Lactose intolerance (which differs from dairy allergies and dairy intolerance) is common in children as well as people of African and Asian descent. Some indigenous people also have higher rates of lactose intolerance.
This condition is when your body cannot break down lactose, a carbohydrate found in dairy. If you suffer from lactose intolerance, your body doesn’t make enough lactase, which is the enzyme that helps break down this carbohydrate.
People that suffer from lactose intolerance may be able to eat dairy products with lower levels of lactose (such as goat’s milk and cheese) or lactose-free dairy.
As lactose intolerance differs from dairy sensitivities and allergies, you’ll need to get tested for all three issues separately.
Irritable Bowel Syndrome
Irritable bowel syndrome (IBS) can also cause bloating, diarrhea, constipation, gas, and other gastrointestinal issues. While the cause of IBS is unknown, it’s usually linked to gastrointestinal issues such as food sensitivities (especially to FODMAPs) and celiac disease.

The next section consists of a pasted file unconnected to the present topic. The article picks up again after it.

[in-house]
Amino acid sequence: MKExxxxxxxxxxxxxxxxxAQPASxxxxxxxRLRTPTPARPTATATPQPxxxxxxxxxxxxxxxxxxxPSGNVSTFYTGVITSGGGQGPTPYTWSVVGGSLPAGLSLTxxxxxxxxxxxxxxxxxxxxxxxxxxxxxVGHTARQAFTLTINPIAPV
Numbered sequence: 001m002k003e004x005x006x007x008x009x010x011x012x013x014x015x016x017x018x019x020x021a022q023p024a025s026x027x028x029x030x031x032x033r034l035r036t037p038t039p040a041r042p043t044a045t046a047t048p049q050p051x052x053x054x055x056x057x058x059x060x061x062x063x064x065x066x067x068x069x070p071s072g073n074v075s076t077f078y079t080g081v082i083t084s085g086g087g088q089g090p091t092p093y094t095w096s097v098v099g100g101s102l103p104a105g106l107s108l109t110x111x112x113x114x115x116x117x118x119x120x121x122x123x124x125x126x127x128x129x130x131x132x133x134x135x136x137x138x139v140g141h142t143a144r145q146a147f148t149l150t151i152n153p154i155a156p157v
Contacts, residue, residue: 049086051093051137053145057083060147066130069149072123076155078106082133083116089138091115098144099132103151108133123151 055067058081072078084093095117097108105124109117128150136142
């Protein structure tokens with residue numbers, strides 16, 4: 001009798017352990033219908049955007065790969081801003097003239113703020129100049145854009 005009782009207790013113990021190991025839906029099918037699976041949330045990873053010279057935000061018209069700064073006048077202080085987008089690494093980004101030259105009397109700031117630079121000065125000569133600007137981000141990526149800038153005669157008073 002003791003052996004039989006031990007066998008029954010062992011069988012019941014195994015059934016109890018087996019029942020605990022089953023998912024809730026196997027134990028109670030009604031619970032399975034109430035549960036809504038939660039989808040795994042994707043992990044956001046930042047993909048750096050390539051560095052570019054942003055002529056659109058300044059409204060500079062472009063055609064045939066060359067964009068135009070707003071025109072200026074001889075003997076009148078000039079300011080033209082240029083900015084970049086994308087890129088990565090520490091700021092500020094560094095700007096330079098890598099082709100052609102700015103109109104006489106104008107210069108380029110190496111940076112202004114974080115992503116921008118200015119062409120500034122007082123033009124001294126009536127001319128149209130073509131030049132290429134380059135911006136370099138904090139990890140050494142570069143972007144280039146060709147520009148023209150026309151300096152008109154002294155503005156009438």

If you’re worried that you might suffer from food sensitivities, gluten intolerances, you simply need to get tested for these issues, either at a testing center or with an at-home testing kit.
For some people, complex carbohydrates, such as beans, cabbage, and cruciferous vegetables can make them gassy and bloated.
You may want to avoid such foods; or, simply take an over-the-counter remedy, such as Beano before eating them.
Symptoms of Bloating
The most common symptoms of bloating include abdominal pressure, tight-fitting clothes, and puffy face and skin. We can almost always detect when we’re bloated simply by the way our bodies feel.
Other common symptoms of bloating might include abdominal pain, indigestion, flatulence, excessive burping, and water weight gain.
Since bloating is caused by gas, air, or water trapped in the body, your skin may look puffy and you may feel lethargic.
If your symptoms are accompanied by more serious symptoms (such as blood in your bowel movements or urine), you should contact your doctor or urgent care provider immediately to rule out any life-threatening conditions.